Whoop took a different approach to try and break into the crowded wearable device market: Start by winning over professional athletes, then gradually expand sales to a wider array of consumers.
The Boston-based startup, which unveiled its biometrics-monitoring wristbands two-and-a-half years ago, has had success with the first goal. Now, it says it’s making progress with the second.
“We’re finding a lot of people who seem to buy into this mission of unlocking human performance,” says Whoop co-founder and CEO Will Ahmed. He declined to share sales figures, but he says demand from professional and non-professional athletes is growing.
His company plans to invest in technology development and ramp up its sales and marketing efforts—including making an international push—with the help of a new $25 million investment announced today. Whoop has also hired former Puma chief marketing officer Antonio Bertone as its chief marketing officer. Bertone was already a member of Whoop’s board of directors.
The Series C funding round brings Whoop’s total venture capital haul to $50 million, Ahmed says.
The round was led by UAE71 Capital, an investment firm based in the United Arab Emirates, Ahmed says. Other contributors to the round include the National Football League Players Association, Two Sigma Ventures, Accomplice, NextView Ventures, and a group of high-profile individuals. Among them: former National Basketball Association commissioner David Stern; Twitter CEO Jack Dorsey; Russell Okung, offensive tackle for the NFL’s Los Angeles Chargers; Mike Novogratz, CEO of Galaxy Digital; and Nicholas Negroponte, co-founder of the MIT Media Lab and One Laptop Per Child.
Whoop’s latest investment comes as demand for wearable devices continues to grow, albeit at a slower pace. Wearable device makers—led by Apple and its smartwatch—shipped 115.4 million products worldwide last year, up 10 percent from the previous year, according to research released last week by International Data Corporation (IDC). But that growth rate fell short of 2016, when global wearable shipments were 27 percent higher than 2015 levels, IDC said.
A notable storyline in 2017 was the shrinking group of competitors in the wearables industry. Jawbone, one of the sector’s better-funded startups, reportedly began liquidating its assets last summer, while Intel and Adidas reportedly shuttered their wearable device divisions. Meanwhile, other wearable makers are expanding. Fitbit, for example, acquired Cambridge, MA-based Twine Health—which sells software that helps patients collaborate with caregivers and health coaches—to boost its health and wellness programs for employers, insurers, and hospital systems.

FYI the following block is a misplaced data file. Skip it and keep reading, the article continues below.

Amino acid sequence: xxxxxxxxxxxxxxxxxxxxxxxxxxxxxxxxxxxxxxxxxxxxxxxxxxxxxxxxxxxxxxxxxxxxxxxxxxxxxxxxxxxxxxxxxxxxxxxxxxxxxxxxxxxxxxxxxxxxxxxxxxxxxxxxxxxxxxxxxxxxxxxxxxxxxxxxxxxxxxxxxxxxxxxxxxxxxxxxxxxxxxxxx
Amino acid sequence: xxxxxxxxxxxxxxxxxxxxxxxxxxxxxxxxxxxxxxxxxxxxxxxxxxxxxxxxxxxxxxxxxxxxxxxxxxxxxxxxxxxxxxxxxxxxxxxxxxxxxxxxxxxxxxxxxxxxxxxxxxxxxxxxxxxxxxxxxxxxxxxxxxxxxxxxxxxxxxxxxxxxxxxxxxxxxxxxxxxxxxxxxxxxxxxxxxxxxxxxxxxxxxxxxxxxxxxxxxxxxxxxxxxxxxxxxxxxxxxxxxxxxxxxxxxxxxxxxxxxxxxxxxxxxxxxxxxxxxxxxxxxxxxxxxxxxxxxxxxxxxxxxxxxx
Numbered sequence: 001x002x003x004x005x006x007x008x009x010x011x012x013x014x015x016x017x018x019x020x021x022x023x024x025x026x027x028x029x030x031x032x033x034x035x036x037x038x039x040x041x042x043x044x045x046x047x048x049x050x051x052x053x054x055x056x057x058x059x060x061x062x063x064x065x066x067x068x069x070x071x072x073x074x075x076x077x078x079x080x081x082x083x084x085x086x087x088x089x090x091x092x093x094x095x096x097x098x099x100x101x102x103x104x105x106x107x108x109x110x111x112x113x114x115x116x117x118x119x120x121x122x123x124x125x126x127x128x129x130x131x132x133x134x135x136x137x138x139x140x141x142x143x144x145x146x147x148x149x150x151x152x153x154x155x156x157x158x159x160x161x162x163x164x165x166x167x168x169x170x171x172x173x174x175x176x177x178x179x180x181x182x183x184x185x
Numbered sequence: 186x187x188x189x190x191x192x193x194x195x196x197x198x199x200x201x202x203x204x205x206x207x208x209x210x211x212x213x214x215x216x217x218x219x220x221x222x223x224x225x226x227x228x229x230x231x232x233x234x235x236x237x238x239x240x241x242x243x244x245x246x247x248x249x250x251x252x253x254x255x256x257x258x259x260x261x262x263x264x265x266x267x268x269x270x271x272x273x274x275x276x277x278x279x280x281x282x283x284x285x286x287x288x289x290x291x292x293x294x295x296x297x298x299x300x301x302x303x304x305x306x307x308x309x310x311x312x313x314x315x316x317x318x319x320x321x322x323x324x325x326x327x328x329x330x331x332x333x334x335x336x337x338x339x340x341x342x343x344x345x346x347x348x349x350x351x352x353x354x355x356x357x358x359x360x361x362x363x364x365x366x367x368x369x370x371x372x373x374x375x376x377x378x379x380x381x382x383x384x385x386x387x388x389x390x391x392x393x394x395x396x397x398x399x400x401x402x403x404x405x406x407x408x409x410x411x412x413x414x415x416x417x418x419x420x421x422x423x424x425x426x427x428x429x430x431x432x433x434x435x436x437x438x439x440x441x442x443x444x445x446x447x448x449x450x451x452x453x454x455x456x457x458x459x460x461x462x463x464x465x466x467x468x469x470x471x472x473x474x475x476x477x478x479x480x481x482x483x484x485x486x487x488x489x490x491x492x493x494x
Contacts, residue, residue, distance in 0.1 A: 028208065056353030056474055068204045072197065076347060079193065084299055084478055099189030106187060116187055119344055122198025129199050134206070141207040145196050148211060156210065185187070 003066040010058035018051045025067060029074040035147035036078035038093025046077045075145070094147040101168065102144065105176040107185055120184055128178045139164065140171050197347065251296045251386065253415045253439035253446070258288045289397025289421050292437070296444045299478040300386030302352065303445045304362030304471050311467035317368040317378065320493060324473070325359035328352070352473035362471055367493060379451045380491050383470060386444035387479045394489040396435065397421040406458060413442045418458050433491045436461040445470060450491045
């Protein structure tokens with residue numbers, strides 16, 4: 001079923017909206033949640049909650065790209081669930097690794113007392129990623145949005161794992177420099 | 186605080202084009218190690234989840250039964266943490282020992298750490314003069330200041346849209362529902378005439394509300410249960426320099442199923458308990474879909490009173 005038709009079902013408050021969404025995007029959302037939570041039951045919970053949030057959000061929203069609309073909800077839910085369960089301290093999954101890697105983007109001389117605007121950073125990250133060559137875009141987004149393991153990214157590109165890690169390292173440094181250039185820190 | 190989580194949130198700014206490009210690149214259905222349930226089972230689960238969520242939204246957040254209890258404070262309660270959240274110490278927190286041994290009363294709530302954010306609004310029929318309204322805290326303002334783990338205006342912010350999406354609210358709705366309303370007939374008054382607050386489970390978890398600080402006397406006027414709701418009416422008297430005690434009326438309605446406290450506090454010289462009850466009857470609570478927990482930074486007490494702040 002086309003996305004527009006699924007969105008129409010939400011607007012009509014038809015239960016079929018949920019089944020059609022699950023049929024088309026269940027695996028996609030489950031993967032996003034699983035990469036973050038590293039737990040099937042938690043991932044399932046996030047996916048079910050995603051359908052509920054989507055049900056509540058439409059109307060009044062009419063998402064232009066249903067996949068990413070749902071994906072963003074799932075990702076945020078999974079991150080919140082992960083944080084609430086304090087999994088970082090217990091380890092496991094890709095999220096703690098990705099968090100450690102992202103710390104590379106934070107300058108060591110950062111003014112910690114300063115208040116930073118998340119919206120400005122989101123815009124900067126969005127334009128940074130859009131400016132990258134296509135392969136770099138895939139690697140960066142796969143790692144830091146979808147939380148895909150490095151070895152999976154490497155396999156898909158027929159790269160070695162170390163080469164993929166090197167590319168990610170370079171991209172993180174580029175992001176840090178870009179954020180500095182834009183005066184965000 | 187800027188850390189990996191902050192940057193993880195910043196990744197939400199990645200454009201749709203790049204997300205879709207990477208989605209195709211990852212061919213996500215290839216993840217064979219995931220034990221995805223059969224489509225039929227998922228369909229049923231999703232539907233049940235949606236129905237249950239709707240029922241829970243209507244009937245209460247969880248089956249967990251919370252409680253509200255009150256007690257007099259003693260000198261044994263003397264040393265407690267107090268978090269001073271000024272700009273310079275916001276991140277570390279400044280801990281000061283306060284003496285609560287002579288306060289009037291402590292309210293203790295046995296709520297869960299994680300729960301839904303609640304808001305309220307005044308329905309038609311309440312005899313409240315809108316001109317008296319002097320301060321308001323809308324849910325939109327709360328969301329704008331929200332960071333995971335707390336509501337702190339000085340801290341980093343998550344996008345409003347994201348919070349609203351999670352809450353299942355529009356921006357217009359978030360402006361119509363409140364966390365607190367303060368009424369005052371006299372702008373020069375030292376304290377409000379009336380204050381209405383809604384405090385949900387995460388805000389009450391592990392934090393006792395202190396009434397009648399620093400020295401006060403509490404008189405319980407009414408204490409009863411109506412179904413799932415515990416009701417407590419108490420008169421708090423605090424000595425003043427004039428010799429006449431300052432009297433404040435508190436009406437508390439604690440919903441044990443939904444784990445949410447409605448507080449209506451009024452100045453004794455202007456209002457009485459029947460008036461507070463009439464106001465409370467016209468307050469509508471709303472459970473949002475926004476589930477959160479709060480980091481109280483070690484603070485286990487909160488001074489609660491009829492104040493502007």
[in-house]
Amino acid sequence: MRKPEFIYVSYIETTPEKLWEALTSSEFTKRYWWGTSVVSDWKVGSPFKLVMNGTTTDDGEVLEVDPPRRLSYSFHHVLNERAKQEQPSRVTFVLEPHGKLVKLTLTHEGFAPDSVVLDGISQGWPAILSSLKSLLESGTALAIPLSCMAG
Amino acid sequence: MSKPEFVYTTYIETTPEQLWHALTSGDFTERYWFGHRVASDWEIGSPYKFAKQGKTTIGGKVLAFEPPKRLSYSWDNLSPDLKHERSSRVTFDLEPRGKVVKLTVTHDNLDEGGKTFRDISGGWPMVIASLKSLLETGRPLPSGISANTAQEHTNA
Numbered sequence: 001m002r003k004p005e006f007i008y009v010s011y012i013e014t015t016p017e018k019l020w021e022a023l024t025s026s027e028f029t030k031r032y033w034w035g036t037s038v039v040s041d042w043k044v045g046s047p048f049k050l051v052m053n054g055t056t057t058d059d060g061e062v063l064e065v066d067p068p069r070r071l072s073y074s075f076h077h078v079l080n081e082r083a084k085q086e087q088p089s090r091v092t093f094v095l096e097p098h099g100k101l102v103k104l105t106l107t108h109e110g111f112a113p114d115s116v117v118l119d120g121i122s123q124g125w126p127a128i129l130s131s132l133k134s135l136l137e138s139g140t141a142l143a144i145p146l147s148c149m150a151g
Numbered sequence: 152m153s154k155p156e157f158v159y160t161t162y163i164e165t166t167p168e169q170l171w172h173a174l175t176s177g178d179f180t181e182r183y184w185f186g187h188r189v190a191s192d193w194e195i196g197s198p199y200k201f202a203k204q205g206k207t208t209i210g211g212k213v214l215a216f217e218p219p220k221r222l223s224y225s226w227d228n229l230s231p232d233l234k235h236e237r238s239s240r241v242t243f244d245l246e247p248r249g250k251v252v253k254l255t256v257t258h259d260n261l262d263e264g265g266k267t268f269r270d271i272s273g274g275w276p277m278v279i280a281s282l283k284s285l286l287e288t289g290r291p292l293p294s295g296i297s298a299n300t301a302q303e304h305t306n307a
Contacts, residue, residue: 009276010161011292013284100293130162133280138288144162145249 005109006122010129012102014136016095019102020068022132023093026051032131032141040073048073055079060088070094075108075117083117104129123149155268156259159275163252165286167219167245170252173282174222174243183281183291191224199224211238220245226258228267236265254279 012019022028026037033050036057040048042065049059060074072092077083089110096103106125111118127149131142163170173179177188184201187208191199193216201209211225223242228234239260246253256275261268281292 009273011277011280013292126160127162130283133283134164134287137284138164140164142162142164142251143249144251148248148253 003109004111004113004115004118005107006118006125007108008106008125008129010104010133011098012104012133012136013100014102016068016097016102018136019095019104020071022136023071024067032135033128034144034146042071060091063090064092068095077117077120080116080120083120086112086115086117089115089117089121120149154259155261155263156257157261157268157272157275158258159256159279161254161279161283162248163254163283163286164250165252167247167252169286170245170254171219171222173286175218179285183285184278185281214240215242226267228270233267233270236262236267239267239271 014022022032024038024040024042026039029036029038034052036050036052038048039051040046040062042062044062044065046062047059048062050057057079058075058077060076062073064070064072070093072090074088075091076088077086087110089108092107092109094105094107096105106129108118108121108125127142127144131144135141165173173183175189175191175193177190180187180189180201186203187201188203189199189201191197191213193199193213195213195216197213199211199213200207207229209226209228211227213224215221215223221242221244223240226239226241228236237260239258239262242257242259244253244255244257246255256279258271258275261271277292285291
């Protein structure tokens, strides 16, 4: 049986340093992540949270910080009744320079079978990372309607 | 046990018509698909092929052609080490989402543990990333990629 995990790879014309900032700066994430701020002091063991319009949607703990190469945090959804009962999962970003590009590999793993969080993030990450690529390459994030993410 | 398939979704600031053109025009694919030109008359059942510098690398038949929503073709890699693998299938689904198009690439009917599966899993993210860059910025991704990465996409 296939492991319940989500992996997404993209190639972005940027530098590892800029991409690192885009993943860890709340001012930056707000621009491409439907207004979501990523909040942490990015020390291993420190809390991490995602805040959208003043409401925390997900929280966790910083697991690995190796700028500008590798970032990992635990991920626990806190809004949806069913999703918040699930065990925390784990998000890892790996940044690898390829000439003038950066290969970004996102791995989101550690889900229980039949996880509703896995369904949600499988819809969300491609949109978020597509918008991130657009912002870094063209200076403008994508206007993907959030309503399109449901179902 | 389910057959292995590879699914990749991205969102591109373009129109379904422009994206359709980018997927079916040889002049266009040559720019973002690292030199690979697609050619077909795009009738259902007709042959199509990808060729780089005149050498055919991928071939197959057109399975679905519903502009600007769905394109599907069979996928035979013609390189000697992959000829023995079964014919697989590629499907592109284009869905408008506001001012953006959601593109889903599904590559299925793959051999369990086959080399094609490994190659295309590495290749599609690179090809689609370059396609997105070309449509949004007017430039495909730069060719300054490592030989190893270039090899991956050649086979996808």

Whoop is betting its narrower focus—both in terms of its target customers and its products—will help it grab a larger share of the market.
“Whoop is really focused today on a higher end of the market that is more focused on performance,” Ahmed says.
The six-year-old Harvard University spinout sells a $500 wrist-worn strap (pictured above) that measures certain biometrics 24 hours a day and is intended to help optimize elite athletes’ training regimens, reduce injuries, and boost performance. It tracks heart rate, looking at things like variations between beats, even while asleep; ambient temperature and the body’s response to the environment; motion; and sleep patterns, among other things. It transmits data to an online database for analysis of things like the level of strain on the body and how well the body is recovering from it, as well as how much quality sleep the person is getting versus how much sleep the body needs to adequately recharge.
Whoop’s goal is to help users uncover “secrets your body is trying to tell you,” Ahmed says.
One thing Whoop’s device doesn’t do is tell time. Negroponte, the Whoop investor who has joined the startup’s board with the latest investment, says it was a wise move not to make another smartwatch.
“There are so many ways to tell time and it is truly a fashion (and fickle) business,” Negroponte writes in an e-mail to Xconomy. “It is tempting to engage in it, but Whoop would be well advised not to.”
Professional athletes across several sports are strapping on Whoop’s product to try and give themselves an edge, leading some sports leagues to adjust their rules. Last year, Major League Baseball said players could wear Whoop devices during games. Ahmed says his company’s product is also one of six devices the NBA allows players to wear during practices—but not yet during games. That hasn’t stopped some players, like Los Angeles Clippers center DeAndre Jordan, from hiding the Whoop under a sweatband during contests, ESPN reported last year. Asked about that mini-controversy, Ahmed says he viewed it as a positive because it demonstrates that players see value in Whoop’s devices and the data they produce.
“I think the nature of good technology is to be a step ahead of the market,” Ahmed says. “A lot of the professional sports leagues I think weren’t prepared for this idea of athletes wearing technology 24/7.”
It probably shouldn’t have come as a surprise, though, given advances in technology and a growing emphasis on data analytics in pro sports—look at recent champions like the NBA’s Golden State Warriors and NFL’s Philadelphia Eagles.
Meanwhile, Whoop is starting to see more demand from non-professional athletes, Ahmed says. They include runners, cyclists, triathletes, and other fitness enthusiasts, as well as high school athletes, he says.
Negroponte says another promising market for Whoop is … Next Page »